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Todd Richards, Bruce Boudreau, And The Value Of A Change Of Pace Firing

Bryan Altman, CBS Local Sports

The history books will show that the Todd Richards era in Columbus was one defined by expectations: Low ones that were exceeded, and high ones that were not. Let's rewind to the 2013-14 season in Columbus for a moment. The Blue Jackets, fresh off a season in which they traded their franchise cornerstone player in Rick Nash, exceeded all expectations and made the playoffs. It was a red-letter year for the Blue Jackets, a franchise that didn't have a playoff win and only had one playoff appearance to show for 13 years of hockey in Ohio. But that all changed thanks to the influx of young talent that the Jackets had acquired and their new bench boss Todd Richards, who was able to do what predecessors Scott Arniel and Ken Hitchcock couldn't do: win in the playoffs. 

After taking two games from the heavily-favored Penguins in round one before being dispatched, expectations rose going into the 2014-15 season. Then injuries completely ravaged the Blue Jackets beyond recognition. Columbus lost a league high 502 man games to injury that season, which is sufficient reason for the team's struggles. 

But 2015-16 was supposed to be the year. The young talent had matured, the injured players had healed, and the man behind the bench had proven that he can take this team to the next level and succeed. Unfortunately, quicker than the Oilers could announce they were taking Connor McDavid with the No. 1 overall pick, it all unraveled, leaving Richards as the odd man out. 

At 0-8, Blue Jackets' GM Jarmo Kekalainen and President of Hockey Ops John Davidson had seen enough, and understandably so. The Blue Jackets were lackluster at best, and completely inept at worst. Their -22 goal differential was a joke and the entire team looked lost. Richards' time had understandably run out.

Now in comes John Tortorella, who has the pedigree required to get the best out of the Blue Jackets and turn their season around. Early reviews of this change of pace firing are in, and it looks like the Blue Jackets made the right call as the Jackets find themselves on a two-game winning streak and trending upwards on all fronts. 

But what about the Ducks' head coach Bruce Boudreau, whose seat just went from being uncomfortably warm to the seventh-circle of hell hot after a brutal 3-0 collapse against the Dallas Stars last night? The Ducks are 1-6-2 and their star players in Ryan Getzlaf, Corey Perry and Ryan Kessler have been bad beyond the point of recognition. But Boudreau is a bit of a different situation than Richards as he's proven himself to be one of the best coaches in the NHL over the last decade or so. 

Boudreau ranks third in NHL history in points percentage of coaches who have coached 100 games or more at .657, tied with the legendary Scotty Bowman. So needless to say, the odds of finding a better bench boss are slim.

However, a great piece by Andrew Berkshire of analyzed whether coaches' being replaced mid-season actually had a positive impact on the club moving forward. 

One of most notable examples came from the 2009 season when the Penguins fired Michel Therrien in favor of Dan Bylsma in February of that year. The Penguins recovered from the nosedive and went on to win the Stanley Cup. As Berkshire points out by analyzing the Corsi differential of the team under both coaches and realized that Bylsma reversed their negative Corsi trend and likely saved the season.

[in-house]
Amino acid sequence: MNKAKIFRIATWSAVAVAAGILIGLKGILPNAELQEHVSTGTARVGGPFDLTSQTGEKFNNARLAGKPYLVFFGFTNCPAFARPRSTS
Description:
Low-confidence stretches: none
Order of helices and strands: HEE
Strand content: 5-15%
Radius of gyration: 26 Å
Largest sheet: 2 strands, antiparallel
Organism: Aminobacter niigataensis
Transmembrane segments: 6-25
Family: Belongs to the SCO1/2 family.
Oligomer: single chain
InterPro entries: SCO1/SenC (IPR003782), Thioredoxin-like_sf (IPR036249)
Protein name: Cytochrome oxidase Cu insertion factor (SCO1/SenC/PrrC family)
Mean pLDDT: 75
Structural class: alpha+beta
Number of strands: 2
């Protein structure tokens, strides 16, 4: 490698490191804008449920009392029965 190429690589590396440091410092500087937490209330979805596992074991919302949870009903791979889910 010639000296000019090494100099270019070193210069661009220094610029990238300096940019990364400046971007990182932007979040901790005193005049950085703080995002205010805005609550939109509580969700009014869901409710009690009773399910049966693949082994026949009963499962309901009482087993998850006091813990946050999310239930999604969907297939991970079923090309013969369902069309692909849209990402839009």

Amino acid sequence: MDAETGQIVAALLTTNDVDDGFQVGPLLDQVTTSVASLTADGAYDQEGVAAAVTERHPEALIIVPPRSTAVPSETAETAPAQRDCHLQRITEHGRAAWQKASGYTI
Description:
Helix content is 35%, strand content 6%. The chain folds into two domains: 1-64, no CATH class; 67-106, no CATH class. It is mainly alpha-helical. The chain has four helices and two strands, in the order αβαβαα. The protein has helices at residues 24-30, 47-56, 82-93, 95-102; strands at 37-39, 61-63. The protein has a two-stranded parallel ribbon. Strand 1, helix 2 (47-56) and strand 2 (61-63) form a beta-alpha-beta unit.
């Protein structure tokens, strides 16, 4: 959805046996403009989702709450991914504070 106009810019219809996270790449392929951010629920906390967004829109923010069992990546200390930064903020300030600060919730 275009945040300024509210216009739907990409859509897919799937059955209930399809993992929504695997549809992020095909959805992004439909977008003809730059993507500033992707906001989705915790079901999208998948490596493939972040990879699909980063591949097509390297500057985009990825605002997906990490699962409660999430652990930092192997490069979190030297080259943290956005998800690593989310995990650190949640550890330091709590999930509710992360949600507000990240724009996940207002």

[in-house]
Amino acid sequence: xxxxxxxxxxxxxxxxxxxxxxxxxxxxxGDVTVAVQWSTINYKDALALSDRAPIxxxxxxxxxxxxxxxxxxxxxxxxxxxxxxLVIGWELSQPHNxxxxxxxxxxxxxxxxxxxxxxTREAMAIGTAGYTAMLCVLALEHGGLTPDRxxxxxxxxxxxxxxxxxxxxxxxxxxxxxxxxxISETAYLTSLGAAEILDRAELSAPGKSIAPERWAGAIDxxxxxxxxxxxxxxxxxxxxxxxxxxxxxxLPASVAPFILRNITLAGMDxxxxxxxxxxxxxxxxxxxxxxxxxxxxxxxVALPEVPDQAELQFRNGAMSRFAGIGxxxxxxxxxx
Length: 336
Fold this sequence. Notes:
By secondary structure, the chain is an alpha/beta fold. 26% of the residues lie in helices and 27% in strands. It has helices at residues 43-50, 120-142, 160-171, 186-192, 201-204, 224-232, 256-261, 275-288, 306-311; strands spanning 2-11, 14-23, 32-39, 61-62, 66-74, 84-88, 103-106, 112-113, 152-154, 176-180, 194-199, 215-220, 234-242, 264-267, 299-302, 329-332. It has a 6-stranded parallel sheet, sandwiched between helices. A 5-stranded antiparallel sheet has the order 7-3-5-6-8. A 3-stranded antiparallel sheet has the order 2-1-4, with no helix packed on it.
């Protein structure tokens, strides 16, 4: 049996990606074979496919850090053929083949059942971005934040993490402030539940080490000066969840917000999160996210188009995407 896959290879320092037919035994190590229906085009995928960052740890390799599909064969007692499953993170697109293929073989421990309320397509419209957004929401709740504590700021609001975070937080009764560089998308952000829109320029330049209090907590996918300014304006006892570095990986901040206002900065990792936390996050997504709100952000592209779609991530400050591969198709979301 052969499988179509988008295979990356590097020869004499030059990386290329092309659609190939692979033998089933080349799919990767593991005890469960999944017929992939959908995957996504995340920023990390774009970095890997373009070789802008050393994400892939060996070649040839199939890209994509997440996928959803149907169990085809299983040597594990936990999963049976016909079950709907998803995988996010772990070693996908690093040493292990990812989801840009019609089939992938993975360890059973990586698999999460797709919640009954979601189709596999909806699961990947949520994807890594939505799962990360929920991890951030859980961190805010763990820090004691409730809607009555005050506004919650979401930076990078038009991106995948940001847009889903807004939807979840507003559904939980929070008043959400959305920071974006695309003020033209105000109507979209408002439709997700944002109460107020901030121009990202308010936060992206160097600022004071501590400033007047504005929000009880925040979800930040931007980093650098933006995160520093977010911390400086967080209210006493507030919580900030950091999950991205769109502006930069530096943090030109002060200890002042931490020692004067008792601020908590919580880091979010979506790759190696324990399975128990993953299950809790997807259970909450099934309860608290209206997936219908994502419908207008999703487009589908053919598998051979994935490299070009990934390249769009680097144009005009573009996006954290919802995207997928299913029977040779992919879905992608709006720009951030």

Now, does that mean in no uncertain terms that Bylsma is a better coach than Therrien? Absolutely not. Therrien was a victim of circumstance, granted most of which were under his control, while Bylsma was a benefactor of it. Will whoever replaces Boudreau in Anaheim be a 'better' coach than he is? Probably not, but that's not the point of the change up. 

As Berkshire pointed out, when a team is trending in the wrong direction, especially a team many expected to be competing for a Stanley Cup, a change behind the bench can work wonders. Right now, Corey Perry, Ryan Getzlaf and Ryan Kessler can't score. The Ducks are -16 in goal differential, which is actually pretty amazing considering the fact that they have only scored nine goals in nine games. And on top of that, they're stuck in the log-jammed Western Conference where making the playoffs is tough even for good teams. Will Perry, Getzlaf and Kessler rebound regardless of who's behind the bench? Almost certainly. 

Still, the Ducks are in desperate need of a shakeup, something to get the team back on the right track.

The coaching change is a last resort, it's a tool - it's a lever that sits behind a pane of glass in every general manager's office with the words "break glass in case of emergency" on it. And that's doubly true for teams with high expectations and coaches that are already in the danger zone. Short of a franchise-altering trade, there's very little a general manager can do in-season to change his team's fortunes like firing a head coach; and it's sad that a statement like that trivializes the fact that we're talking about a man's livelihood here, but it's true. It's the X-factor, the ace in the hole, and it's the last move a team has before realizing their season is probably all for naught. 

Most times, it's less of an indictment of the coach being fired than the exigence of the situation that the team finds itself in. And that's the case for both Todd Richards, Bruce Boudreau, and most coaches when expectations aren't met.

Bryan Altman is, for some reason, an unabashed fan of the Rangers, Jets and Mets. If he absolutely had to pick a basketball team it would be the Knicks, but he’d gladly trade them for just one championship for either of his other three teams.

Questions or comments? Feel free to follow Bryan on Twitter or send him an email

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